Cover image for The way the wind blows : climate, history, and human action
The way the wind blows : climate, history, and human action
McIntosh, Roderick J.
Publication Information:
New York : Columbia University Press, [2000]

Physical Description:
xvii, 413 pages : illustrations, maps ; 26 cm.
Reading Level:
1430 Lexile.

Format :


Call Number
Material Type
Home Location
Item Holds
QC981.8.C5 W395 2000 Adult Non-Fiction Central Closed Stacks

On Order



Scientists and policymakers are beginning to understand in ever-increasing detail that environmental problems cannot be understood solely through the biophysical sciences. Environmental issues are fundamentally human issues and must be set in the context of social, political, cultural, and economic knowledge. The need both to understand how human beings in the past responded to climatic and other environmental changes and to synthesize the implications of these historical patterns for present-day sustainability spurred a conference of the world's leading scholars on the topic. The Way the Wind Blows is the rich result of that conference.

Articles discuss the dynamics of climate, human perceptions of and responses to the environment, and issues of sustainability and resiliency. These themes are illustrated through discussions of human societies around the world and throughout history.

Author Notes

Carole L. Crumley is Professor of Anthropology at the University of North Carolina, Chapel Hill
Jeffrey S. Dean is Professor of Dendrochronology in the Laboratory of Tree-Ring Research and Research Professor in the Department of Anthropology at the University of Arizona
Robert B. Dunbar is Professor of Geology and Geophysics at Stanford University
William J. Folan has served since 1981 as Director of the Center for Historical and Social Investigation at the Autonomous University of Campeche, Mexico
David A. Freidel is Professor of Anthropology at Southern Methodist University
Joel D. Gunn is an archaeologist specializing in settlement patterns and a paleoclimatologist with an applied interest in long-term historical ecology
Fekri A. Hassan is Petrie Professor of Egyptian Archaeology at the Institute of Archaeology, University College, London
Cho-yun Hsu is Professor of History and Sociology at the University of Pittsburgh and the Wei-lun Professor of History at the Chinese University of Hong Kong
John R. Johnson is Curator of Anthropology at the Santa Barbara Museum of Natural History
Roderick J. McIntosh is Professor of Anthropology at Rice University
Susan Keech McIntosh is Professor of Anthropology at Rice University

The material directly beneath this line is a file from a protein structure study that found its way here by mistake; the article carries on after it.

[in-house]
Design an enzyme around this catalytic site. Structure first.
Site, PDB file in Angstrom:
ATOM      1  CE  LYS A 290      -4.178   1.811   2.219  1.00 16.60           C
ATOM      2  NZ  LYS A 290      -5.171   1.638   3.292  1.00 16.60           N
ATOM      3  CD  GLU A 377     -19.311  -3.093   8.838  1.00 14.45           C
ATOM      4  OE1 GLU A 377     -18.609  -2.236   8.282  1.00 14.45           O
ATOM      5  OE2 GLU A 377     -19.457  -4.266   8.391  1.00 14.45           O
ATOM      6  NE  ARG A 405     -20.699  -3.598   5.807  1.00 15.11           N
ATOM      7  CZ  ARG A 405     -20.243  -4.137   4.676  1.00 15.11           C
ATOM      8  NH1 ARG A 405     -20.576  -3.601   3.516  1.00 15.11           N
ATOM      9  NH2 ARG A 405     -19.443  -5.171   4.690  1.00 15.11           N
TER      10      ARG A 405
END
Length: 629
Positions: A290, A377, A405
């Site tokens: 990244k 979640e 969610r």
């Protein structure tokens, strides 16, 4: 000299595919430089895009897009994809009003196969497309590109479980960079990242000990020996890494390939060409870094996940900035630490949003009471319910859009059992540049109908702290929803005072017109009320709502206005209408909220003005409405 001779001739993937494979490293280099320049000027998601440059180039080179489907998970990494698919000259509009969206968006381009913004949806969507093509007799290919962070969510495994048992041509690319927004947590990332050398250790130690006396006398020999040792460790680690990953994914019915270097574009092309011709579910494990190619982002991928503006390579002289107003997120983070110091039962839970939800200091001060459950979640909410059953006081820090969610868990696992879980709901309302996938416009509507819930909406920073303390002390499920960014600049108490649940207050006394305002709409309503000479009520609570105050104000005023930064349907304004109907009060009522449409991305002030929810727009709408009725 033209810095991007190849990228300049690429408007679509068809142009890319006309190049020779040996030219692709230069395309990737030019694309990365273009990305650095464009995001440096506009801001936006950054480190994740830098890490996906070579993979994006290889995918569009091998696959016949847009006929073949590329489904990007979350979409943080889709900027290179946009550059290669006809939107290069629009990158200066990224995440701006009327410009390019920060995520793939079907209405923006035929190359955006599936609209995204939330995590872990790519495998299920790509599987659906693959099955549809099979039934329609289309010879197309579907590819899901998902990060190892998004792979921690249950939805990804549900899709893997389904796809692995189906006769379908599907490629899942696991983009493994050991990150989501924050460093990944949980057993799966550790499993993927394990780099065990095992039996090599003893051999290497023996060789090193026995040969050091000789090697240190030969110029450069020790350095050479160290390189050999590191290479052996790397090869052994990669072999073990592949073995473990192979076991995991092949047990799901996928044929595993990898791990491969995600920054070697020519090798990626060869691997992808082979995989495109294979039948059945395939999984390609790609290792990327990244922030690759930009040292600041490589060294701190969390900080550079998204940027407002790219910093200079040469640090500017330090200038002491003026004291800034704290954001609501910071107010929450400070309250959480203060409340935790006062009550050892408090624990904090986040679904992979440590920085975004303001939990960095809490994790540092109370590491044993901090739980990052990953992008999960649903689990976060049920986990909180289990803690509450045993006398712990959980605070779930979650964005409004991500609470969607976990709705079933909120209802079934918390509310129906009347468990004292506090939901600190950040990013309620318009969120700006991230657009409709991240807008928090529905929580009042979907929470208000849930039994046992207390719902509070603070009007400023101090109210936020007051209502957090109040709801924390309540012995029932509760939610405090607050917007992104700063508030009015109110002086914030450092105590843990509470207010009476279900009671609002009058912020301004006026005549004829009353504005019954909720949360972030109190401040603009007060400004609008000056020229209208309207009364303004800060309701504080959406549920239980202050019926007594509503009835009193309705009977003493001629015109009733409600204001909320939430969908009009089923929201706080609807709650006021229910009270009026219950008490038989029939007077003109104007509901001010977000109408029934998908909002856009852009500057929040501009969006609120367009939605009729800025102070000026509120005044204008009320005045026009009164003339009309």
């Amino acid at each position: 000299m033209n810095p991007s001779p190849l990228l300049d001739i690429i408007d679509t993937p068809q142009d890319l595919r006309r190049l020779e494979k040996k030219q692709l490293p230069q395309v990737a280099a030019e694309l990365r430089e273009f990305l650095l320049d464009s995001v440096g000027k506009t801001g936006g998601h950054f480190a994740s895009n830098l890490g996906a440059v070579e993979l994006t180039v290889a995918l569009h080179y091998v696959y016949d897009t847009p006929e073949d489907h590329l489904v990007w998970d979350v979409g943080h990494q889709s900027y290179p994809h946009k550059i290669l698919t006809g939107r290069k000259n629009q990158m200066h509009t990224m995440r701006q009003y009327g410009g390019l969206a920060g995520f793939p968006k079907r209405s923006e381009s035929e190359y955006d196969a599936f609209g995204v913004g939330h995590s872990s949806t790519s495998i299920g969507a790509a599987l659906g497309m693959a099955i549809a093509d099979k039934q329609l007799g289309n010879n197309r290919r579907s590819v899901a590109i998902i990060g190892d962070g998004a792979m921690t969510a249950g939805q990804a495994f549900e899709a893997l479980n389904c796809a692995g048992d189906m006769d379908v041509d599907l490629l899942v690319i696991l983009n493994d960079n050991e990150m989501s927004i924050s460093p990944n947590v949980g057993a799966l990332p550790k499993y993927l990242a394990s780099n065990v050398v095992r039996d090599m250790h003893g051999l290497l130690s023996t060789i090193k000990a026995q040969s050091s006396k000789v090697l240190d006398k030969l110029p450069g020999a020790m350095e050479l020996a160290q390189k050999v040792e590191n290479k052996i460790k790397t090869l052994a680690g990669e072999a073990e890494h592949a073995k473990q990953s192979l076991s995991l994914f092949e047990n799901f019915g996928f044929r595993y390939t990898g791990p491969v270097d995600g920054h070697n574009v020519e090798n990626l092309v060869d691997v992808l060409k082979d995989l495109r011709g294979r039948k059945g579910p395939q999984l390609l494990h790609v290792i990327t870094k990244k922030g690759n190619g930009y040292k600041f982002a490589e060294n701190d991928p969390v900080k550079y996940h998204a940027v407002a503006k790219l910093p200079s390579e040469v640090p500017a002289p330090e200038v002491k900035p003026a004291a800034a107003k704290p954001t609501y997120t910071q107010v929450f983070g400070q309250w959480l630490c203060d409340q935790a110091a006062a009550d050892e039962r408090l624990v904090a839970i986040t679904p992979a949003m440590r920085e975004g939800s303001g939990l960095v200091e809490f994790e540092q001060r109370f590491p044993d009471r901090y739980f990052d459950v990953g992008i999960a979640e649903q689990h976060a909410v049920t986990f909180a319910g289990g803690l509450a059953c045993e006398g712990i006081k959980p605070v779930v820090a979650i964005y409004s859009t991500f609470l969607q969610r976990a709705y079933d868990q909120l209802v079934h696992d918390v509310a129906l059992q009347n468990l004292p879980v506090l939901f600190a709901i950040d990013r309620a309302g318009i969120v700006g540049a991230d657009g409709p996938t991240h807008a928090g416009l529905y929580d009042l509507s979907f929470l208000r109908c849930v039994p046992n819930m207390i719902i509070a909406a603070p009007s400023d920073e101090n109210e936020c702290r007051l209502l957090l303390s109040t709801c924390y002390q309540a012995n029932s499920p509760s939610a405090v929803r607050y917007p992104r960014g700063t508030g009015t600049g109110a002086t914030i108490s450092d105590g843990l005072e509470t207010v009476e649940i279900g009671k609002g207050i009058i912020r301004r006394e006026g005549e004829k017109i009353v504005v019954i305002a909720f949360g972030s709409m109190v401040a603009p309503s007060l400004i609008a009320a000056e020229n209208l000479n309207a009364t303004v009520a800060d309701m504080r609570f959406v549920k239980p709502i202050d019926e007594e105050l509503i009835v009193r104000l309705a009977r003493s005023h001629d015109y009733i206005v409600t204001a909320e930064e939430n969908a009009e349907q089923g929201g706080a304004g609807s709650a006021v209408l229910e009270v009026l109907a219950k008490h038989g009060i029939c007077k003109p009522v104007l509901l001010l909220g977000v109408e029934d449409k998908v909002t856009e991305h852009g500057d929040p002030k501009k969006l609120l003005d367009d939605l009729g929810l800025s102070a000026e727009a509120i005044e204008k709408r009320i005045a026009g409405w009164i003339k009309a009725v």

Justine Shaw received her Ph.D. from Southern Methodist University in 1998, on settlement patterns at Yaxuna in the Yucatan
Joseph A. Tainter is Project Leader of Cultural Heritage Research at the Rocky Mountain Research Station, Albuquerque
Tereba Togola serves as National Director of Arts and Culture for the Ministry of Culture and Tourism of the Republic of Mali
Sander van der Leeuw, Professor at the Institut d'Art et d'Archeologie of the University of Paris I (Pantheon-Sorbonne), currently heads the multidisciplinary and international Archaeomedes project, funded by the European Union

Table of Contents

List of Illustrations
List of Tables
Notes on the Contributors
1 Climate, History, and Human ActionRoderick J. McIntosh and Joseph A. Tainter and Susan Keech Mc Intosh
1 Climate, Environment, and Human Action
2 Climate Variability During the Holocene: An UpdateRobert B. Dunbar
3 Complexity Theory and Sociocultural Change in the American SouthwestJeffrey S. Dean
2 Social Memory
4 Environmental Perception and Human Responses in History and PrehistoryFekri Hassan
5 Social Memory in MandeRoderick J. McIntosh
6 Memories, Abstractions, and Conceptualization of Ecological Crisis in the Mande WorldTereba Togola
7 From Garden to Globe: Linking Time and Space with Meaning and MemoryCarole L. Crumley
8 Chinese Attitudes Toward ClimateCho-yun Hsu
3 Cultural Responses to Climate Change
9 Three Rivers: Subregional Variations in Earth System Impacts in the Southwestern Maya Lowlands (Candelaria, Usumacinta, and Champoton Watersheds)Joel D. Gunn and William J. Folan
10 The Lowland Maya Civilization: Historical Consciousness and EnvironmentDavid Freidel and Justine Shaw
11 Social Responses to Climate Change Among the Chumash Indians of South Central CaliforniaJohn R. Johnson
4 History and Contemporary Affairs
12 Global Change, History and SustainabilityJoseph A. Tainter
13 Land Degradation as a Socionatural ProcessS.E. van der Leeuw and the ARCHAEOMEDES Research Team